Archive for July, 2008

Another RIAA Copyright Horror Story

I was approached by an undergraduate student last week. She had recently received a letter from the RIAA demanding that she pay them a settlement for infringement. They had the names of seven songs, the times when the songs were shared and an IP address associated with the sharing. The organization had apparently issued a subpoena to the University of Texas, as the settlement letter was able to specifically name her with information provided from the University that showed the IP address associated with her EID (UT’s electronic identification) at those times. Here’s the problem.

She didn’t share those files.

You see, she was never able to quite figure out how to connect her laptop- her only computer- to UT’s new restricted secure 802.1x wireless network while on campus. That is not unusual- I’ve provided tech support to several people about that very issue since the implementation of the network.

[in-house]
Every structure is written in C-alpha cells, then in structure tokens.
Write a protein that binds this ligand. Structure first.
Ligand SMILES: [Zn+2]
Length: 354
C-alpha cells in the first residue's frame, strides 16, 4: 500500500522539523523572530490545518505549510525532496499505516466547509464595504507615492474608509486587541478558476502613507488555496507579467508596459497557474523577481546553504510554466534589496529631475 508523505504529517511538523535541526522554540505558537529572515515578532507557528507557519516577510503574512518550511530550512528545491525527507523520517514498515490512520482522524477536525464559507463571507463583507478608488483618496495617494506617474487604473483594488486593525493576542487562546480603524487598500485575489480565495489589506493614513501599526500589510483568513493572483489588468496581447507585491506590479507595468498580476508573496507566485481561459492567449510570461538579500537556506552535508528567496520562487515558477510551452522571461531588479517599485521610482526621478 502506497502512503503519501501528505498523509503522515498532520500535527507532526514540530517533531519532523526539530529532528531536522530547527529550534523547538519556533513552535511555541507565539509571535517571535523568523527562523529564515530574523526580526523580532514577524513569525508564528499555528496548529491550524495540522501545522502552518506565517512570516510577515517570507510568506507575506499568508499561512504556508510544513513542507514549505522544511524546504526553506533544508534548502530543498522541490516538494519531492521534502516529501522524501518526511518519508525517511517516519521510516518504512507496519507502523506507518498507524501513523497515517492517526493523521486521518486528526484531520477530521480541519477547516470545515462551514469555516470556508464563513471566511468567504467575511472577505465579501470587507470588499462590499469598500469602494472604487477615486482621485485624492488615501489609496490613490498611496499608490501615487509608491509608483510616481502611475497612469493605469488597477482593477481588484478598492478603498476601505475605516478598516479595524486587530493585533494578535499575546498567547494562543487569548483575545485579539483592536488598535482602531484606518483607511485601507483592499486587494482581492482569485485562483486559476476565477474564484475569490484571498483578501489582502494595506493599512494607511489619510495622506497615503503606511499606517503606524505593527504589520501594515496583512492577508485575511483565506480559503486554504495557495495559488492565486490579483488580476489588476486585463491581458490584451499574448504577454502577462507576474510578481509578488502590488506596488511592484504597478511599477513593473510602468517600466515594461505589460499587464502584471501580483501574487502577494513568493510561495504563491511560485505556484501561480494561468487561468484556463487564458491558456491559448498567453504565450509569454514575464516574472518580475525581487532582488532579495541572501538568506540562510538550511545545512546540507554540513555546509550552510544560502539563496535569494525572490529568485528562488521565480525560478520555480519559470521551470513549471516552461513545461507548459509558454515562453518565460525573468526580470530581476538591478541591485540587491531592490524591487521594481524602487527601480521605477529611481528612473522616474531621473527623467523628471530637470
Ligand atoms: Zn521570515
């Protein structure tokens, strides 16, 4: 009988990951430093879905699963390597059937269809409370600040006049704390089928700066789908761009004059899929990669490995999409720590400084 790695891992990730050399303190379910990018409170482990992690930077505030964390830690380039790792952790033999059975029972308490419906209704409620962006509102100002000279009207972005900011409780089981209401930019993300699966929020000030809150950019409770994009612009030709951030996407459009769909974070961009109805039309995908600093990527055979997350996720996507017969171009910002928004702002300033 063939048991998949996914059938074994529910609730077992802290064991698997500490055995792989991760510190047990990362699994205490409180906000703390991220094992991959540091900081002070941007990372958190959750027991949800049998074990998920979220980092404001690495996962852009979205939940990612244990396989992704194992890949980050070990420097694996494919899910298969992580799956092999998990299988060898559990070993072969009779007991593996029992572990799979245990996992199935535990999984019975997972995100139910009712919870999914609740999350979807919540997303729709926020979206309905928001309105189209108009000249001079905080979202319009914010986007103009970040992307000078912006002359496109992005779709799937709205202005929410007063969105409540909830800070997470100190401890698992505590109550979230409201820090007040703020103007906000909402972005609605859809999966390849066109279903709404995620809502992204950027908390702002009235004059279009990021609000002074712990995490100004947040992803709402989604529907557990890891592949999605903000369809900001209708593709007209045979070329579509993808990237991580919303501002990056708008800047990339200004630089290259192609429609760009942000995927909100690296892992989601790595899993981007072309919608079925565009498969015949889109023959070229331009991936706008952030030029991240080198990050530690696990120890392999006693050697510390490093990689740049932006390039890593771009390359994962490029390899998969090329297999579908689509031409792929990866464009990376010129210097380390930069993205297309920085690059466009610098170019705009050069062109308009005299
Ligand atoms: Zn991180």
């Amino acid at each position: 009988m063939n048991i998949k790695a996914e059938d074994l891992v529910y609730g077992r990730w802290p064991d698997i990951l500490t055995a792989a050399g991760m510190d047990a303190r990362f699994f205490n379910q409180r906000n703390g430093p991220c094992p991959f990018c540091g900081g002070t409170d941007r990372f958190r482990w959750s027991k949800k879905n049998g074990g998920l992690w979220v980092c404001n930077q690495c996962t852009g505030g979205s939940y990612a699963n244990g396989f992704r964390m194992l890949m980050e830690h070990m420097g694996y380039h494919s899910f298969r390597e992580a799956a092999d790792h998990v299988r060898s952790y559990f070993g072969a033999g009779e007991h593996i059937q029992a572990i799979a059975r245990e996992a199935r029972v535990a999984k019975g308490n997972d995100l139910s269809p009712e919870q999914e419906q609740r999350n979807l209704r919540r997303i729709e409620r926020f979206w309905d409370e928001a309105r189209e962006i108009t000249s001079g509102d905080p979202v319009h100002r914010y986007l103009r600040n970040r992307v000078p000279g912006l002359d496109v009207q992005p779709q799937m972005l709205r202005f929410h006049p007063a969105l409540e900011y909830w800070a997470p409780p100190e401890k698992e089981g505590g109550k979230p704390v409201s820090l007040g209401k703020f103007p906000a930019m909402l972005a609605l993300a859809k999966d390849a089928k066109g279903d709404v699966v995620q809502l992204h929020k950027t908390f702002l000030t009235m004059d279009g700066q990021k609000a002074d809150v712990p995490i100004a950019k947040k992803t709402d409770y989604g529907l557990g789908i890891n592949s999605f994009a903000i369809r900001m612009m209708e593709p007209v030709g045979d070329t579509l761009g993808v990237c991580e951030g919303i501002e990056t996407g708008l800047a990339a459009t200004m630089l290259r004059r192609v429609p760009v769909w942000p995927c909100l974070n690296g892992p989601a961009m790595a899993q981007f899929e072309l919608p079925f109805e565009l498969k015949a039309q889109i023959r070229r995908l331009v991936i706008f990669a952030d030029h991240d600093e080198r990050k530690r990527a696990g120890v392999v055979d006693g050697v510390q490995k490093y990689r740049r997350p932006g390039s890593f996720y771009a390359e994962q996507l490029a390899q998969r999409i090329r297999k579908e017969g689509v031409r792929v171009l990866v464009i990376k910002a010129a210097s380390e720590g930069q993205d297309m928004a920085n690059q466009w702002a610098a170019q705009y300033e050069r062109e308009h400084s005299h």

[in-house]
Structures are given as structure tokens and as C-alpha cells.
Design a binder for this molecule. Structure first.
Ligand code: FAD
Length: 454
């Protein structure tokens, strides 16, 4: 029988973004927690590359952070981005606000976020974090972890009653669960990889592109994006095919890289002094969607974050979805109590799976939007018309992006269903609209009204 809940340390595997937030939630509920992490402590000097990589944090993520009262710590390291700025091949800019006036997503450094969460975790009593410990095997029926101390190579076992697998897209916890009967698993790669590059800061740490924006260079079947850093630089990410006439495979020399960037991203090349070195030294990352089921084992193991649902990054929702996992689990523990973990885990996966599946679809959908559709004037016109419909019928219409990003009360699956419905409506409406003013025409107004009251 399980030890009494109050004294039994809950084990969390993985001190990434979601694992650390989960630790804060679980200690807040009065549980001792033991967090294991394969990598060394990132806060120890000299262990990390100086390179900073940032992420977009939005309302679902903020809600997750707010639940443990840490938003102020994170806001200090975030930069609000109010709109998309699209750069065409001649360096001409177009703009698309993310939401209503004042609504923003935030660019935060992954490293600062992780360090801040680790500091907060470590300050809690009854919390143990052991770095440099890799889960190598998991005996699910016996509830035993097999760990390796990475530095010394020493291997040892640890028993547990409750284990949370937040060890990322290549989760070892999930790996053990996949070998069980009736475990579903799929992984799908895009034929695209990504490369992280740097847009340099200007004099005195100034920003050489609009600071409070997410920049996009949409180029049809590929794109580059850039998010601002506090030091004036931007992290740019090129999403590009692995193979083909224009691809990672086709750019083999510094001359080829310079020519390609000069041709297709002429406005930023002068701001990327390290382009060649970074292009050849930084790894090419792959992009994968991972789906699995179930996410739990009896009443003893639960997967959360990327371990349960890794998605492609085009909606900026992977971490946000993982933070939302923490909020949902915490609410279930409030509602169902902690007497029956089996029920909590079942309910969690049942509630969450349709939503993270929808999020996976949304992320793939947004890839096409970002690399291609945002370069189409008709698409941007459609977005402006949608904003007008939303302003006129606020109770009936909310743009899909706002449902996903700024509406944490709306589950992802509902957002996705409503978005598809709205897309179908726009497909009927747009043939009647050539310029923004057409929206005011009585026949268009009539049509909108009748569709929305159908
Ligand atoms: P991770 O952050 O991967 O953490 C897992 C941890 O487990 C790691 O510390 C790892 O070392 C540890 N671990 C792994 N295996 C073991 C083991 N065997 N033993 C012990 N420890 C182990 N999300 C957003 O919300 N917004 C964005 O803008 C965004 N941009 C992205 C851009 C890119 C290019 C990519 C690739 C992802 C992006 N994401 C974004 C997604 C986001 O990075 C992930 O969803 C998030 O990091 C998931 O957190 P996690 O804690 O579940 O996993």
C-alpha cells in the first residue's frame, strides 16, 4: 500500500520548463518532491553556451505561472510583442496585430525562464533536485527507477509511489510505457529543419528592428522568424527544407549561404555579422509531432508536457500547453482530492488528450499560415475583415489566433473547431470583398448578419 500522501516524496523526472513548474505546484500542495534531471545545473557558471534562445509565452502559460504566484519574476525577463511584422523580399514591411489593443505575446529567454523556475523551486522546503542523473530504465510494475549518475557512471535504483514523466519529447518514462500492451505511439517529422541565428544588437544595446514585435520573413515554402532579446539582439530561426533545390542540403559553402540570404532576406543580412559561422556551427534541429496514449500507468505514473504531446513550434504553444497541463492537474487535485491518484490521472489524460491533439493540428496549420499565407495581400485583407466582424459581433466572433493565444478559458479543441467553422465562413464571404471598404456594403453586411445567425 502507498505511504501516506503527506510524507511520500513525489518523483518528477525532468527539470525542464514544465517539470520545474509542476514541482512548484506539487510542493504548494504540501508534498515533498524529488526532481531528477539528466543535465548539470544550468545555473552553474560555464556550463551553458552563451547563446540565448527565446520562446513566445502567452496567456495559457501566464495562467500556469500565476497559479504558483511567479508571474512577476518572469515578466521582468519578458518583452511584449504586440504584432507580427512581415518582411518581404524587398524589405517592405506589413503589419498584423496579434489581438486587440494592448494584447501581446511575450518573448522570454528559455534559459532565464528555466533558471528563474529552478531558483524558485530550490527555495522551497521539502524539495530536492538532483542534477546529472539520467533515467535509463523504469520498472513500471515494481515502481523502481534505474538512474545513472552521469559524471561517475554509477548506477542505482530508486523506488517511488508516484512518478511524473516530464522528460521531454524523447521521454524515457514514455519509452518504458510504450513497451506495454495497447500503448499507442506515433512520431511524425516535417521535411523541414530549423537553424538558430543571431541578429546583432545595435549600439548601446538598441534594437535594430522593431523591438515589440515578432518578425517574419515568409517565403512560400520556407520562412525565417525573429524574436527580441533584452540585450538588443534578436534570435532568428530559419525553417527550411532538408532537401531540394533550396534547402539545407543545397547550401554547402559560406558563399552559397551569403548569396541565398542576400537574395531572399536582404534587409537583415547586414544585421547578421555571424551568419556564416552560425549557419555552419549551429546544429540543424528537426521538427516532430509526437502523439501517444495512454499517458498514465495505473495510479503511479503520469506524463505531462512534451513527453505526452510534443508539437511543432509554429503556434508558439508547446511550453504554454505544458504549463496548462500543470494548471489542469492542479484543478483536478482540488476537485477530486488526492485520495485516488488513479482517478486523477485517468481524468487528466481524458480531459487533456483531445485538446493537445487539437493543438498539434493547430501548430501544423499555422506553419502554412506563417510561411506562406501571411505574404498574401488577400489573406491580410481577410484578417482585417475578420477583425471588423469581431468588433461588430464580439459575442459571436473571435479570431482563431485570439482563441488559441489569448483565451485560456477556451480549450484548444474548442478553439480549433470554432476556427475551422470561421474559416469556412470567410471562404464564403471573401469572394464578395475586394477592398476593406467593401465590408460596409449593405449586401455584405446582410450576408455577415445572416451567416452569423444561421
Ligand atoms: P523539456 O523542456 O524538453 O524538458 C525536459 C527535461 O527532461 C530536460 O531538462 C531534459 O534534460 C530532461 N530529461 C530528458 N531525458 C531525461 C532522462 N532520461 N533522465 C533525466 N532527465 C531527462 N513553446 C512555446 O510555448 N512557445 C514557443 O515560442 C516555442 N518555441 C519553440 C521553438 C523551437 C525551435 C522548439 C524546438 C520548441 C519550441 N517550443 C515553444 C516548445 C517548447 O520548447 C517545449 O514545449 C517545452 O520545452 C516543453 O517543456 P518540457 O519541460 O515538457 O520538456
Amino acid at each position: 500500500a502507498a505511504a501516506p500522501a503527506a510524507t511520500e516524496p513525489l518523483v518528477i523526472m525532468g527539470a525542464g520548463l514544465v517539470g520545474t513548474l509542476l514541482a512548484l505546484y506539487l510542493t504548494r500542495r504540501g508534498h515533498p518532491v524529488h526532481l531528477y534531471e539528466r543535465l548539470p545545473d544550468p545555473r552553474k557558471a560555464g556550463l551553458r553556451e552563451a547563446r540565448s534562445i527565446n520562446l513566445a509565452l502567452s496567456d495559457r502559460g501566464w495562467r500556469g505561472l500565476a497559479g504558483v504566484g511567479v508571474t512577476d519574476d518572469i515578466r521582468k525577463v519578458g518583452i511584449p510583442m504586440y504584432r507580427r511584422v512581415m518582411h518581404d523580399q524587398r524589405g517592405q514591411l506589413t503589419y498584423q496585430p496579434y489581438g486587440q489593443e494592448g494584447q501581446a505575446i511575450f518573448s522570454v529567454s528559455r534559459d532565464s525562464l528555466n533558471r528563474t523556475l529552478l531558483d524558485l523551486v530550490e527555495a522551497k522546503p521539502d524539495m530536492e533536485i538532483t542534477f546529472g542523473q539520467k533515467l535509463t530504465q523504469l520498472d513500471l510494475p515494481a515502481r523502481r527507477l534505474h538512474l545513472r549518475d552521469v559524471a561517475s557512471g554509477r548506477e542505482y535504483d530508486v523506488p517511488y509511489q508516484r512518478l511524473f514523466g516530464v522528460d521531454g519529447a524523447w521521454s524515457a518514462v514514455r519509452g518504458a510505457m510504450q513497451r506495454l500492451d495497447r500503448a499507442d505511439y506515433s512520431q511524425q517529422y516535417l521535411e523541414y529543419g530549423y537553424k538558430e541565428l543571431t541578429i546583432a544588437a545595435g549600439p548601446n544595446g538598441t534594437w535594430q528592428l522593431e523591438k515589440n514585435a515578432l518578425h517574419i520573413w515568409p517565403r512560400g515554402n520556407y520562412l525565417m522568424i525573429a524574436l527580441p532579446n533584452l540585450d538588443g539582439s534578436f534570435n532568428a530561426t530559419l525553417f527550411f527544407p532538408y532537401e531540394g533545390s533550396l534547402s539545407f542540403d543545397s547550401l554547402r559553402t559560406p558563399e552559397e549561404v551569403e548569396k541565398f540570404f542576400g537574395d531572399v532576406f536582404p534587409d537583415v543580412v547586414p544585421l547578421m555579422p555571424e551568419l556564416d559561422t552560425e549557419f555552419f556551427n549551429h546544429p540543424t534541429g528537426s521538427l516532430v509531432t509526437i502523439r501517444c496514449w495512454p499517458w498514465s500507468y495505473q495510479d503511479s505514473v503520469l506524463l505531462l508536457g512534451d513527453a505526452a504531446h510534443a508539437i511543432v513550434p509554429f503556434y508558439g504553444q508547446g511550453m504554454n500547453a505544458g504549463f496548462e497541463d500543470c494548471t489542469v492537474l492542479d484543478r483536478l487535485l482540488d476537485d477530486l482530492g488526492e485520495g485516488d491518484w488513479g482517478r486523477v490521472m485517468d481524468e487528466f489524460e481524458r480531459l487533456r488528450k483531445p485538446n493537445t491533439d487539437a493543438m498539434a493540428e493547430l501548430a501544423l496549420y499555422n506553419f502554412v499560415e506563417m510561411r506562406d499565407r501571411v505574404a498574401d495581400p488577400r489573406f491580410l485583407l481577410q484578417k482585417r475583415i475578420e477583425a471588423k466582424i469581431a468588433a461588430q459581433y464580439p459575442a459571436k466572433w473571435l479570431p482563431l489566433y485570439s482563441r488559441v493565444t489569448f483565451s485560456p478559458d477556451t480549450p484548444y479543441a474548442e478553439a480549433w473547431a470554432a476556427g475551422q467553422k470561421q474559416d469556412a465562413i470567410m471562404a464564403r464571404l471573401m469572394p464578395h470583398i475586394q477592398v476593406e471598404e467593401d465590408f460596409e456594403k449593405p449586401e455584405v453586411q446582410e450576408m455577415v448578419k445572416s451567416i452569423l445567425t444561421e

So, while on campus, she used other people’s laptops to log onto the wireless network. And she frequently left the computer while still being logged in to the network. It’s not difficult to forget to log out- you often have to actively clear the credentials from the computer, and the early automated installers that set up the network didn’t provide an easy way to do so.

If anything, she’s guilty of not following UT’s Acceptable Use Policy. Technically, other people were using her EID. The consequences for that, however, should be far different from the consequences for infringement.

She called the RIAA, and they weren’t interested in her story or any proof she might be able to provide. They told her to settle. She’s contacted UT’s Legal Services, but as the person who might have actually done the sharing is probably also their client, so they have a conflict of interest and couldn’t represent her. She’s contacted other attorneys and all the people that she could think of, but all the while the clock is ticking. She has 10 days. After that, the RIAA takes further action, and the costs go up.

At this point in time it looks like she might have to settle and pay thousands of dollars for infringement that she didn’t commit.

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